A Business at War: Marketing Vs IT

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chessBy Helen Morgan and Sarah Gill

As CEO it is your job to unify the often-conflicting demands of your business functions, set the business strategy, and listen critically to your employees and customers in order to shape your business offering.  While many CEOs are getting on top of the second and third demands, the ability to control warring business factions remains elusive.

In today’s rapidly moving, internet-dominated business environment, there is one obstacle to unification that few recognise, and even fewer can remove.

A reverse-magnetism dynamic exists between two of the most essential and forward-thinking departments in your business, and each holds one half of your market domination capability in their bottom drawer! Referring of course to your IT and marketing departments, and their oil versus water impasse.

To succeed in today’s data-driven, customer-first world, IT and marketing need to hang tighter than skinny jeans after an all-you-can-eat buffet. Displaying fearless dialogue and cohesion. “Throwing ideas out there” without fear of rejection or rivalry. Demonstrating patience, persistence, and above all TRUST.

However, the cultural difference bordering on aversion between these two groups, and the attendant failure to respond quickly to customer needs, is costing business huge amounts of money in collective opportunity loss.

So, as a CEO, how do you solve this problem?

As the old saying goes, how do you get the kids to play nice?

An excellent starting point is rethinking how these groups communicate.

Does marketing share their strategy with IT?  Has the IT department shared their Schedule of Works with marketing?  Do they have shared goals and commitments? If they’re not lunching together on Fridays, or any other day, except when forced into each other’s company, you may have a problem.

The second step is to reassess how these groups are trained and rewarded.

For example, do position descriptions insist upon productive working relationships between the groups? And do you have strategies/intelligence in place to ensure that the synergies are actually occurring, without subversion or cleverly orchestrated back-room insurrection? Do you have plans in place to promote transparency and trust between the groups, and the understanding persistence to see it through?

The success of the business is up to you

The lack of similarity and familiarity will initially create a resistance towards trust and disclosure between the groups. They may think that your demand for them to get along is unrealistic. But persevere. It’s totally up to you as CEO to see the big picture and make them work well together.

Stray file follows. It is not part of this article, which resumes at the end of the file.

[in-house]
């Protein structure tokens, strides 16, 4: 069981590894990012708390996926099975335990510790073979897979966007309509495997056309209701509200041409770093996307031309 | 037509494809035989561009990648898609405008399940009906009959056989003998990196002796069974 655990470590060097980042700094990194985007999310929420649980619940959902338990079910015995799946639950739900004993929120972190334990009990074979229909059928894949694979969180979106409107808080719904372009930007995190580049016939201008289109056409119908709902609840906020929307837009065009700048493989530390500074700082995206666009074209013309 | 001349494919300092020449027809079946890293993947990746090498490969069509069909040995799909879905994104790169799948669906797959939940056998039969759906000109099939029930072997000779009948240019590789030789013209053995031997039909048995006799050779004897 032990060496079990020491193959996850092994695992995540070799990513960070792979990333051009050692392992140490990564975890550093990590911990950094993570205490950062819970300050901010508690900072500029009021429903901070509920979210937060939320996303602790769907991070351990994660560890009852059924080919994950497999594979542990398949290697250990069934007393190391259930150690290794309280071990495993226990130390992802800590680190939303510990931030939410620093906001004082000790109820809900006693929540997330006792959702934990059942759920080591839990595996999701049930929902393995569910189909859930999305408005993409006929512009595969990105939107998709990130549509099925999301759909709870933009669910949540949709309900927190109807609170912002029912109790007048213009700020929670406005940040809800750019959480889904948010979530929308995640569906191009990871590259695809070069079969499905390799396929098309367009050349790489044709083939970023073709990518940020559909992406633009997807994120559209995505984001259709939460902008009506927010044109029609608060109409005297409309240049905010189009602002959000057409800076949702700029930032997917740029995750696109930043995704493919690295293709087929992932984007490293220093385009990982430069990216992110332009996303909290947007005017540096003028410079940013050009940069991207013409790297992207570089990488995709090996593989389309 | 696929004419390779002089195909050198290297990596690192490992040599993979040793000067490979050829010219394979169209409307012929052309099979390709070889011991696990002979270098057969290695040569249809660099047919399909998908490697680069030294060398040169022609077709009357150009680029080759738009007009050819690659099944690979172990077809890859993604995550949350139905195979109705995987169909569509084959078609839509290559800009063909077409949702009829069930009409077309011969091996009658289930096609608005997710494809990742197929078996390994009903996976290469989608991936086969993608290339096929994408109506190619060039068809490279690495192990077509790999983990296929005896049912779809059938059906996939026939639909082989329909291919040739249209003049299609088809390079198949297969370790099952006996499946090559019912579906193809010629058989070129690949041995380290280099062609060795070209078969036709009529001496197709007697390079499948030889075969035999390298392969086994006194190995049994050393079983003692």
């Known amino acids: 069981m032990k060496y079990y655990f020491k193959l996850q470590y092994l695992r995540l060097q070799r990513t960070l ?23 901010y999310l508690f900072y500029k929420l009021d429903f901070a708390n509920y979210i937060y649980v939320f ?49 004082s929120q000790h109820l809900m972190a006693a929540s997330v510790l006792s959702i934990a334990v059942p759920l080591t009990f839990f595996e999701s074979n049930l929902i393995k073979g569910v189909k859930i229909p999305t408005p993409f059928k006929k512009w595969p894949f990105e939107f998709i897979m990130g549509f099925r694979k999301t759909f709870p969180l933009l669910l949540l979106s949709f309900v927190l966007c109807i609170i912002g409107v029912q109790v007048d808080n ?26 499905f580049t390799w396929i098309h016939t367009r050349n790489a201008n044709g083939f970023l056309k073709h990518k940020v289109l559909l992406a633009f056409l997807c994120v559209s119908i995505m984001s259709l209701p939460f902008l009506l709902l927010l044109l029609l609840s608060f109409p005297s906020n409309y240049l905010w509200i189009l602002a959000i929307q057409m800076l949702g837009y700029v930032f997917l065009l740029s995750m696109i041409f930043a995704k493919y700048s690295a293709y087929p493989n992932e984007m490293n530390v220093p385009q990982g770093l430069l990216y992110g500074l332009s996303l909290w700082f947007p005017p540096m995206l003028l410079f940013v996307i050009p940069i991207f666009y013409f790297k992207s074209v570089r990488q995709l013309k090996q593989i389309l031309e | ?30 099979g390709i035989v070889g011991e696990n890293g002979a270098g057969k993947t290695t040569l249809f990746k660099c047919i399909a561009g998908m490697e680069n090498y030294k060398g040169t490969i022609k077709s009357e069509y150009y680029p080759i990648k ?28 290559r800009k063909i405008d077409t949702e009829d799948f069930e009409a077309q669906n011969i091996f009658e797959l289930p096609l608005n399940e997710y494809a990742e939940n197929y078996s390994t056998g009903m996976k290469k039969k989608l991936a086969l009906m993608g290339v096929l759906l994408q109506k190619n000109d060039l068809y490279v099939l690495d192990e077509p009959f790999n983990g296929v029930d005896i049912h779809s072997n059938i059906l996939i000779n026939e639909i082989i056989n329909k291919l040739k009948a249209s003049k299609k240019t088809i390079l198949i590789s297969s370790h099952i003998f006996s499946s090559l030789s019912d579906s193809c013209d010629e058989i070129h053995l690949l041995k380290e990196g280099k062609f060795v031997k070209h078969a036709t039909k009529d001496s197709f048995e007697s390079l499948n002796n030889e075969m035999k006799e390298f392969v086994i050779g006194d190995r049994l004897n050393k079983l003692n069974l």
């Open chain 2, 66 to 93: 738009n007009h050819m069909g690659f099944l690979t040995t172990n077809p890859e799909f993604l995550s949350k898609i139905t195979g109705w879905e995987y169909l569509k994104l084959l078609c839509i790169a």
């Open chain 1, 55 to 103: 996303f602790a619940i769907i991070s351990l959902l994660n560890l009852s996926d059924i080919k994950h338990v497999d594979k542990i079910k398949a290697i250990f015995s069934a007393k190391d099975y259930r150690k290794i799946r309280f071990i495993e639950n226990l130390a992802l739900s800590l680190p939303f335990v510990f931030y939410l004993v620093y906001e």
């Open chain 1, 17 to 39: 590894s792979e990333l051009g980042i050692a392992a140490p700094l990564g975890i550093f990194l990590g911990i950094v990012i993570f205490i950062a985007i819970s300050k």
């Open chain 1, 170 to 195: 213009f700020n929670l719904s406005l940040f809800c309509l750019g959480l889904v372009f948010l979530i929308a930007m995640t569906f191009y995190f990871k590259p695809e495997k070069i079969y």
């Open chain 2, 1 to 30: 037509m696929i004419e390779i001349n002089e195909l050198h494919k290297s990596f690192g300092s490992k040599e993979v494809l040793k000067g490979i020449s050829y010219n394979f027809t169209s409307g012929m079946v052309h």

Try embedding KPIs around work projects that will rapidly accelerate career development if they play ball. Both Marketing and IT folk are highly concerned about their professional achievements. This is probably the only thing they have in common. So take that small window of opportunity, and prize it open.

Establish a Strategic Digital Development team and give them serious goals. Ensure that your Marketing Director and IT Director are co-chairing. Build some “lite” enterprise architecture and project management 101 modules into training for your marketing team, and insist that your IT managers take similar communications and marketing training.

Lavishly reward collaborative efforts that lead to positive business results, and make those rewards tie into their perception of career success. For your average programmer or Enterprise Architect, an award for being the best team player of the month just might not cut it, nor is flattery and charm. It’s just not tangible.

If all of this fails, or perhaps before you even start, you can insist on a shared section of the intranet with a cross-departmental wiki, so that all of their projects and activities become broader in focus.

Get this right and the marketing team might start to understand why you cannot rewrite a Program of Works on a dime, and the IT team might begin to appreciate that what we do for our customers really does demand a more nimble approach to system design.


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